No Combat Pay. Little Electricity. Just Waiting for the Caravan.
Posted November 10, 2018 12:55 p.m. EST
BASE CAMP DONNA, Texas — Sgt. 1st Class Daniel Micek, a platoon sergeant with the 89th Military Police Brigade, tore open the brown packaging of his MRE on Thursday.
It was a chicken and noodle dish, one of the more sought-after rations because it came with Skittles. But from the cot outside his platoon’s tent at the Army’s latest forward operating base, Micek could almost see the bright orange and white roof of Whataburger, a fast-food utopia 8 miles away but off limits under current Army rules. The desert tan flatbed trucks at the base are for hauling concertina wire, not food runs.
Such is life on the latest front where U.S. soldiers are deployed. The midterm elections are over, along with President Donald Trump’s rafter-shaking rallies warning that an approaching migrant caravan of Central Americans amounts to a foreign “invasion” that warrants deploying up to 15,000 active-duty military troops to the border states of Texas, Arizona and California.
But the 5,600 U.S. troops who rushed to the brown, dry scrub along the southwest border are still going through the motions of an elaborate mission that appeared to be set into action by a commander in chief determined to get his supporters to the polls, and a Pentagon leadership unable to convince him of its perils.
Instead of football with their families on this Veterans Day weekend, soldiers with the 19th Engineer Battalion, fresh from Fort Knox, Kentucky, were painstakingly webbing concertina wire on the banks of the Rio Grande, just beneath the McAllen-Hidalgo-Reynosa International Bridge.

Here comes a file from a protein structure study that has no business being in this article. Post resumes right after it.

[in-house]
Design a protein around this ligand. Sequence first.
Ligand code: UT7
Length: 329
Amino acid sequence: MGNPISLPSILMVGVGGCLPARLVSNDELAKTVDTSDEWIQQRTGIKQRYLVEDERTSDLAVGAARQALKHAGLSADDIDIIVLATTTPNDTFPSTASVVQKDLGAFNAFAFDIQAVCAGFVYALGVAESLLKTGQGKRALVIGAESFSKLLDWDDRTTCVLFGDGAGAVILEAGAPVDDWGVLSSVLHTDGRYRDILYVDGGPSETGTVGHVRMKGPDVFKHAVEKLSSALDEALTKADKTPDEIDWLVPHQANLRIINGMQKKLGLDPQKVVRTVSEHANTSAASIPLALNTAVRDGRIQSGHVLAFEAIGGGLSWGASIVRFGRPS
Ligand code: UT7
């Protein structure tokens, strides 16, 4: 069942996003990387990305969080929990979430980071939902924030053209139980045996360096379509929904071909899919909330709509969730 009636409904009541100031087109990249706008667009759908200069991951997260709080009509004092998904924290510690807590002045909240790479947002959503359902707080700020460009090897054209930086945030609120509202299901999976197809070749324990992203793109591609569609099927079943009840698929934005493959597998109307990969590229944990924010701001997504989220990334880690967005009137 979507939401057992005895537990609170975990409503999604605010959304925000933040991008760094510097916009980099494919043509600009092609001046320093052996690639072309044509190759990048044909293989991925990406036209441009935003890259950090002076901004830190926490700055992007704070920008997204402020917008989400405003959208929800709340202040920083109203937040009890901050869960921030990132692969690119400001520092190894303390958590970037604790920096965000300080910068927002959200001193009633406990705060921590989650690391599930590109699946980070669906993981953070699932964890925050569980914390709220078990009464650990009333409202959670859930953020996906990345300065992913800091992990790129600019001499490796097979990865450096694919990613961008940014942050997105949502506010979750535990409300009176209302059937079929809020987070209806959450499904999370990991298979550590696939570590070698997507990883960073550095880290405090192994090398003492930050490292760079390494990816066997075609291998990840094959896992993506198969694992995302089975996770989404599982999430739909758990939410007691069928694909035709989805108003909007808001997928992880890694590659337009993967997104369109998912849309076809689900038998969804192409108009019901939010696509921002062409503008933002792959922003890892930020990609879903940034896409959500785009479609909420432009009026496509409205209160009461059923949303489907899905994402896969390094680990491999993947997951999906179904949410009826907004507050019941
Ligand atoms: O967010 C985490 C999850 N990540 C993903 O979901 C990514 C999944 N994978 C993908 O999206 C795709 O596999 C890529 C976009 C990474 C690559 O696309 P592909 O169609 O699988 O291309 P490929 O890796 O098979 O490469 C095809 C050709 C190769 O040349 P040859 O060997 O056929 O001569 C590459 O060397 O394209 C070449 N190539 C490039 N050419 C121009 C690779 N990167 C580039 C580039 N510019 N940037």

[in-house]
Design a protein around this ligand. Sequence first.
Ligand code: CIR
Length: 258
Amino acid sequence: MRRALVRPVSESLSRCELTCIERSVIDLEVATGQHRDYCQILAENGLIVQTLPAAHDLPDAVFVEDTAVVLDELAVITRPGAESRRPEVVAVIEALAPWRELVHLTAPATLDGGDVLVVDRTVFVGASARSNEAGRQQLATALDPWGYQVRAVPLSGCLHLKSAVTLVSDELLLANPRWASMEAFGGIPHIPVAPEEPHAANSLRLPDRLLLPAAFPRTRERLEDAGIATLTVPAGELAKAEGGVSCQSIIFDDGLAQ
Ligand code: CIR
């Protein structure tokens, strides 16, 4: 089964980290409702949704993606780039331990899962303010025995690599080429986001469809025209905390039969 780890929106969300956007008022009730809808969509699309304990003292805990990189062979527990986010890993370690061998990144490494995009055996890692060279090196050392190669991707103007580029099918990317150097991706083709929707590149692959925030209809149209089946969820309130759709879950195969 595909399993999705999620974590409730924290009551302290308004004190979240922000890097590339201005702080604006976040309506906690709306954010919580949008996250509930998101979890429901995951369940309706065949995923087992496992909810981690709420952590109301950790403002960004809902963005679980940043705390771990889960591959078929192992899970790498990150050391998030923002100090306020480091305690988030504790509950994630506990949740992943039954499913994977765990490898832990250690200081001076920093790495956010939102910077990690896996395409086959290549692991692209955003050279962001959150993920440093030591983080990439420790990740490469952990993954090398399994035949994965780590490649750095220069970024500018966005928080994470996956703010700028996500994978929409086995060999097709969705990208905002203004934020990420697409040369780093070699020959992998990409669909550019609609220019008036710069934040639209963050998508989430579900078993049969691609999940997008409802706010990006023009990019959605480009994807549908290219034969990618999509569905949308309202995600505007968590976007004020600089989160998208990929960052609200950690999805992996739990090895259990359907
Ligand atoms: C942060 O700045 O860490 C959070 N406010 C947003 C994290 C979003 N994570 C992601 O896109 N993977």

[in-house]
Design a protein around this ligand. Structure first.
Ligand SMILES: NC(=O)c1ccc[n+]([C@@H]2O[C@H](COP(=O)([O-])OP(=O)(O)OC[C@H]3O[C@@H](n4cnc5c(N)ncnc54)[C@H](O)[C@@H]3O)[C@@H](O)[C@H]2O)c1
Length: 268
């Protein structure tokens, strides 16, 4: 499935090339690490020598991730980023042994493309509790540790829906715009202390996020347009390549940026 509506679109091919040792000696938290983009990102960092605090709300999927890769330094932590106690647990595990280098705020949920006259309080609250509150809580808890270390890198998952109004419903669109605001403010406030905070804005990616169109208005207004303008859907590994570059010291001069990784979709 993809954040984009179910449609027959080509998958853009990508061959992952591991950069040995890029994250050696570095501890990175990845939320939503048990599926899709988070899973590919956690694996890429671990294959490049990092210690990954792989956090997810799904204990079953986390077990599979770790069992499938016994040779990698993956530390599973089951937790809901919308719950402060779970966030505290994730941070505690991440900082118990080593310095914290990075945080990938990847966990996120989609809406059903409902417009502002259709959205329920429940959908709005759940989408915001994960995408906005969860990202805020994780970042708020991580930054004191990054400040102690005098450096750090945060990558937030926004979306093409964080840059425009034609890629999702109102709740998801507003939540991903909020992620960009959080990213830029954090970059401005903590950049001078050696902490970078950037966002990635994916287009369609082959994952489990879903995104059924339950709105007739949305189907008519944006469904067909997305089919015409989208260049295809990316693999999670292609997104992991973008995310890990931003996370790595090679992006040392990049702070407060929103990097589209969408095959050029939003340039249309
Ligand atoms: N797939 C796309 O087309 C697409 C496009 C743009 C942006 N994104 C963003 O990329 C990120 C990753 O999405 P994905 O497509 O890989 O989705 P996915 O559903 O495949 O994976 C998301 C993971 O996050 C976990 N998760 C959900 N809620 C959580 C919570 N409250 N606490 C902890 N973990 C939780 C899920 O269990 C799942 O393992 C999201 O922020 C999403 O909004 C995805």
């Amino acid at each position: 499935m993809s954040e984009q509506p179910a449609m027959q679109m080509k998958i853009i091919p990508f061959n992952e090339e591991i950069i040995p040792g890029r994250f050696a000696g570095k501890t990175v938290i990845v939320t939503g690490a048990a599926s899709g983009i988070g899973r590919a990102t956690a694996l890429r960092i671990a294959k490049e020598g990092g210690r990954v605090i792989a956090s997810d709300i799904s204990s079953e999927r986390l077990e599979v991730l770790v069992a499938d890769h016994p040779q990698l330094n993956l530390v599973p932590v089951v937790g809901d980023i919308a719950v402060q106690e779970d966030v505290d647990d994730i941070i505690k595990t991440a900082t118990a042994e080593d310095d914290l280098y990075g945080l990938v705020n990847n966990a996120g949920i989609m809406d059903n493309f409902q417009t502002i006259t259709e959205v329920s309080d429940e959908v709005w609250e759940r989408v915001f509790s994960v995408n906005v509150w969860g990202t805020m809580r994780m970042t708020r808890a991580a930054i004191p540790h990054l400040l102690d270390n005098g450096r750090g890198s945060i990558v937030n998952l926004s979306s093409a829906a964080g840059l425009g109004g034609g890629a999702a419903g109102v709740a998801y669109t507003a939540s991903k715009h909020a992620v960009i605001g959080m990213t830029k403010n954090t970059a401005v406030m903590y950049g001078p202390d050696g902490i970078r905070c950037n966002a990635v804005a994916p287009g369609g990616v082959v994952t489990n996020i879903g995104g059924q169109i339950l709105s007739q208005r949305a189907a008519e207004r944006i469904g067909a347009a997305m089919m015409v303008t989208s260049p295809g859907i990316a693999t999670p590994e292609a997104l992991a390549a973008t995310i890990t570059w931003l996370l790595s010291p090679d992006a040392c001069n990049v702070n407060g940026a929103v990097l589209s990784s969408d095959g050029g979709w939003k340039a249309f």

Nearby, troops from Joint Base Lewis-McChord in Washington state were making sure a sick call tent was properly set up next to their aid station. And a few miles away, Staff Sgt. Juan Mendoza was directing traffic as his engineer support company from Fort Bragg, North Carolina, unloaded military vehicles.
Come Thanksgiving, they most likely will still be here.
Two thousand miles away, at the Pentagon, officials privately derided the deployment as an expensive waste of time and resources, and a morale killer to boot.
Leading up to the midterm vote Tuesday, the military announced that the border mission would be called Operation Faithful Patriot. But Defense Secretary Jim Mattis on Election Day told officials to drop the name, and the Pentagon sent out a terse news release a day later saying the operation was now simply to be known as border support. The term “faithful patriot,” officials said, had political overtones.
A final cost estimate of the deployment has not been made available. But Defense Department budget officials fret that if the number of troops sent to the border does reach 15,000, the price tag could hit $200 million, with no specific budget allocation from which to draw.
The last time active-duty troops were sent to the border was in the 1980s, to help with counternarcotics missions. Since then, Trump’s predecessors have relied on the National Guard, which arrived with considerably less fanfare than the convoys of vehicles and tent cities that have sprung up in recent days.
The Defense Department’s fiscal 2019 budget had already carved out funds for fighting the Islamic State group in Iraq and Syria, continuing the endless war in Afghanistan and preparing for a potential conflict with a foreign nation, such as China, Russia, North Korea or Iran.
There has been no money set aside to combat the men, women and children who are bound for the U.S. border, many of them fleeing violence or corruption, nearly all seeking better lives. The troops are tasked with the same types of logistical, support and even clerical jobs that National Guard soldiers sent to the border earlier this year are already doing.